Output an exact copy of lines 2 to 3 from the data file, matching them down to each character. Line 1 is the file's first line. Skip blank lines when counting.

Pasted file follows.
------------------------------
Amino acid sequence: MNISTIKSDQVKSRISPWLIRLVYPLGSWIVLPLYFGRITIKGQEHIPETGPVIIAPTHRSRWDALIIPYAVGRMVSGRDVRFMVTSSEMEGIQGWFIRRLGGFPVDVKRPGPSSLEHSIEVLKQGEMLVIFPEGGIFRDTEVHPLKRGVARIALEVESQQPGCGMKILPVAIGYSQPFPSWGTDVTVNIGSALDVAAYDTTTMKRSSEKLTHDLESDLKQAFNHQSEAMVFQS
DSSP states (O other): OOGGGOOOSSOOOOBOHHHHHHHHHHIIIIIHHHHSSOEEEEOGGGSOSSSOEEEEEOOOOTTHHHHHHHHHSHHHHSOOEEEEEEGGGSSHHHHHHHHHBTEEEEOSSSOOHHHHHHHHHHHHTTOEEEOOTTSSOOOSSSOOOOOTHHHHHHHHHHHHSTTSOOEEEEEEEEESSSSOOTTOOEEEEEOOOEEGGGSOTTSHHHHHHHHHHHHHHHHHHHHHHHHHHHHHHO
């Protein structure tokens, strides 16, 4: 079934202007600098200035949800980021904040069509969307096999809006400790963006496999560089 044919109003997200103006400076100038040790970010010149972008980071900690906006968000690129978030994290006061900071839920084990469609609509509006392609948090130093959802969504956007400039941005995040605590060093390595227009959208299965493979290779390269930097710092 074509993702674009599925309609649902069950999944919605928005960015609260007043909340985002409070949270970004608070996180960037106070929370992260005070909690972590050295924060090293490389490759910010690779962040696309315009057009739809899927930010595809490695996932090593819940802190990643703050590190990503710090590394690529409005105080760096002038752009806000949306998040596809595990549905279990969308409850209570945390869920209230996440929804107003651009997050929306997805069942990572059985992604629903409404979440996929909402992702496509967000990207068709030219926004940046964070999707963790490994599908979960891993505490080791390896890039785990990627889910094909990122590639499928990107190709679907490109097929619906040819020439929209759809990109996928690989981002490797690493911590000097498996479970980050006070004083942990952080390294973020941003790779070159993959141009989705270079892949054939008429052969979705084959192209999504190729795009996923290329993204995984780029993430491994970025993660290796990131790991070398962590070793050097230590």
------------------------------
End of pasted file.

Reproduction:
DSSP states (O other): OOGGGOOOSSOOOOBOHHHHHHHHHHIIIIIHHHHSSOEEEEOGGGSOSSSOEEEEEOOOOTTHHHHHHHHHSHHHHSOOEEEEEEGGGSSHHHHHHHHHBTEEEEOSSSOOHHHHHHHHHHHHTTOEEEOOTTSSOOOSSSOOOOOTHHHHHHHHHHHHSTTSOOEEEEEEEEESSSSOOTTOOEEEEEOOOEEGGGSOTTSHHHHHHHHHHHHHHHHHHHHHHHHHHHHHHO
């Protein structure tokens, strides 16, 4: 079934202007600098200035949800980021904040069509969307096999809006400790963006496999560089 044919109003997200103006400076100038040790970010010149972008980071900690906006968000690129978030994290006061900071839920084990469609609509509006392609948090130093959802969504956007400039941005995040605590060093390595227009959208299965493979290779390269930097710092 074509993702674009599925309609649902069950999944919605928005960015609260007043909340985002409070949270970004608070996180960037106070929370992260005070909690972590050295924060090293490389490759910010690779962040696309315009057009739809899927930010595809490695996932090593819940802190990643703050590190990503710090590394690529409005105080760096002038752009806000949306998040596809595990549905279990969308409850209570945390869920209230996440929804107003651009997050929306997805069942990572059985992604629903409404979440996929909402992702496509967000990207068709030219926004940046964070999707963790490994599908979960891993505490080791390896890039785990990627889910094909990122590639499928990107190709679907490109097929619906040819020439929209759809990109996928690989981002490797690493911590000097498996479970980050006070004083942990952080390294973020941003790779070159993959141009989705270079892949054939008429052969979705084959192209999504190729795009996923290329993204995984780029993430491994970025993660290796990131790991070398962590070793050097230590």